The Harmless Thoughts of a London Gynecologist
He determines the thickness of the wall by picking it up with his fingers and bringing his fingers close together beneath it. “That’s a promising sign, wouldn’t you say, no resonance in the flanks?”
“So far so good?”
He seems surprised by the sound of her voice, though both understand what’s just happened: He’s given her a turn to speak to prove, with him, she’ll have to take it. “So far so good, Mrs. Mangrum.”
He helps her down, directs her to the chair—oh yes, the chair, it’s never been out of her mind–feels the slightest hint in her hand of stubborn resistance. Both of them know what comes next, so, as he adjusts the muffs to the back of her neck, he says, “That’s comfy now?”
“The stirrups are cold as ice, Doctor.”
Well he’ll certainly have none of that. How can he? “Knees up, Mrs. Mangrum. Knees up, if you please. That’s right. A little wider.”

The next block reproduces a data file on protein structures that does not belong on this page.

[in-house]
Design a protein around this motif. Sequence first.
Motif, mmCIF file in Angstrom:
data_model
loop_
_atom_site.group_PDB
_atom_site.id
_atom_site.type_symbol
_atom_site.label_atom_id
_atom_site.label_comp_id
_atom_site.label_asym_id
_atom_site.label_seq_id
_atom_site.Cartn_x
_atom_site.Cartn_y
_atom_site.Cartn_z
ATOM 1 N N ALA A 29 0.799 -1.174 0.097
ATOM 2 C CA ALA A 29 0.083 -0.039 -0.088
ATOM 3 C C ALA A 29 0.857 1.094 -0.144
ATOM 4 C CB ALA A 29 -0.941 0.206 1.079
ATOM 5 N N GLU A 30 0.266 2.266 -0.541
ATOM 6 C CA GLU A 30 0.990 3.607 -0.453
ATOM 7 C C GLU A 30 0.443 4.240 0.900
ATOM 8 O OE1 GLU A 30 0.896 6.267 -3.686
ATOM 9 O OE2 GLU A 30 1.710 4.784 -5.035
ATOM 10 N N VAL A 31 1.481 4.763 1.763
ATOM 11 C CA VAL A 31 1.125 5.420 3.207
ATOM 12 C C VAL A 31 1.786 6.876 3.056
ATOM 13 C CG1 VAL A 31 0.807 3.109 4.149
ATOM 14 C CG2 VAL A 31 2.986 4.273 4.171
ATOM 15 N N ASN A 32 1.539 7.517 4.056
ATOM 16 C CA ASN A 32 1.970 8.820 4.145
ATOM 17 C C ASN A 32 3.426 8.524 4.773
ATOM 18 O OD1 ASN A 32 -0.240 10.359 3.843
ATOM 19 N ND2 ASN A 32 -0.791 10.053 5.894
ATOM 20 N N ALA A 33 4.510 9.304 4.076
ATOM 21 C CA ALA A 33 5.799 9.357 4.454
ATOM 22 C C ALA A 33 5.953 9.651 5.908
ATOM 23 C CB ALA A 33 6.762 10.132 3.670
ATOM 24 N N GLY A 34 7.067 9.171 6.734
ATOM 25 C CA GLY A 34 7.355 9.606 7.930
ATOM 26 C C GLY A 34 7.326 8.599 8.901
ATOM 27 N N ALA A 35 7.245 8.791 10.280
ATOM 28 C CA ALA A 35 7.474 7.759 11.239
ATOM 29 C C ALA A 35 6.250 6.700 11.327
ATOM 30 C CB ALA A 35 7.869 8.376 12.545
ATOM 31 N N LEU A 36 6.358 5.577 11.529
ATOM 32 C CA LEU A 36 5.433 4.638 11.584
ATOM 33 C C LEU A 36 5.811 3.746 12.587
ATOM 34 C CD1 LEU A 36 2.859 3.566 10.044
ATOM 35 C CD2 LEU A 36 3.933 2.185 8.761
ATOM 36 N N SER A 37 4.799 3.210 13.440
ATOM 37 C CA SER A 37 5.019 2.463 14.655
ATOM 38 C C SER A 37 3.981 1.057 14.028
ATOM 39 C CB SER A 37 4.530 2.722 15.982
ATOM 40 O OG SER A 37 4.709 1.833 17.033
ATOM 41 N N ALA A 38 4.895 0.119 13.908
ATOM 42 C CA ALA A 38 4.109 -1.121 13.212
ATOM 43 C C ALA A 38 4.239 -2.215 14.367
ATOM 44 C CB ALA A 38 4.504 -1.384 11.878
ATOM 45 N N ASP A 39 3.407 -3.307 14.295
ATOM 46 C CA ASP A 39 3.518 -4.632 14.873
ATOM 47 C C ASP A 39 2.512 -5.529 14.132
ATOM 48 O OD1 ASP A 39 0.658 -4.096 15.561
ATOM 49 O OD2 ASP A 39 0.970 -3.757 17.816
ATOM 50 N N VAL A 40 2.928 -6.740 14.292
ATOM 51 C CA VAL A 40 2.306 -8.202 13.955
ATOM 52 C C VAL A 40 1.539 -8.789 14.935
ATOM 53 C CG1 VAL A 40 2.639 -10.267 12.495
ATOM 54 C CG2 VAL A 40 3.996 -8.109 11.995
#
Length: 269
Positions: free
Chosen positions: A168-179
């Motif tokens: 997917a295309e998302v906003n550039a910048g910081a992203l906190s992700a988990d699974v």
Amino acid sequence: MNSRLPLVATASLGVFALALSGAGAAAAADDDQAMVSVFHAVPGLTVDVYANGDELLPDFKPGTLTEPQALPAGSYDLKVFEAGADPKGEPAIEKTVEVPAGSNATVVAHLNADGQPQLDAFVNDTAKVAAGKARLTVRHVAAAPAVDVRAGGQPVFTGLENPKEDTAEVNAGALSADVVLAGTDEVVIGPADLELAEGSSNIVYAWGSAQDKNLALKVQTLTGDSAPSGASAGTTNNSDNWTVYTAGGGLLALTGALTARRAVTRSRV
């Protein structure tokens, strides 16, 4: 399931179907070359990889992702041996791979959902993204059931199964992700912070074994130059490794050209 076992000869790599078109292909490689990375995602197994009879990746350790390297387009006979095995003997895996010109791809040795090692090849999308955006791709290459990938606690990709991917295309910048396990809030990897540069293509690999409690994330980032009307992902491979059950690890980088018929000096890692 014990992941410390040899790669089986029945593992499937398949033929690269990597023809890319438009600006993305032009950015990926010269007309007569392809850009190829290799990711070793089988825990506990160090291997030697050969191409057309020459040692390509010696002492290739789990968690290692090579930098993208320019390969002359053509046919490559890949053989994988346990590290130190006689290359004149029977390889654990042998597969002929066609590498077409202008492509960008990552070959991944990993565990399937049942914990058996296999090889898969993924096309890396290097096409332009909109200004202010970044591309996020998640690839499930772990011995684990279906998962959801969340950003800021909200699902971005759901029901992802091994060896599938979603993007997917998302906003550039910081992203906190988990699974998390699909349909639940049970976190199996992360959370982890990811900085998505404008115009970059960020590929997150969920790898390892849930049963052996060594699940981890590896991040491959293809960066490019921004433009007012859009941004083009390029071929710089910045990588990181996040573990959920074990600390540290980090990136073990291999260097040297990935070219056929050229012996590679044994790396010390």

Turning now to his instruments, he leaves her there. Unprovocative, cruelly spread. How better than this to explain who she’s with: He can look at another man’s woman or not, as he chooses. He can hurt a woman in ways any other man wouldn’t dare to.
She follows his eyes now, unsure of what he’s seeing. His instruments are neatly arranged in rows on a coarse cotton towel. A Graves speculum, a catheter, three pair of uterine dressing forceps, tenaculum forceps (to catch the cervix if he needs a keener view), and beside them, at the end of the top row, a bivalve speculum, which has two blades you introduce closed and then open by a device at the handle.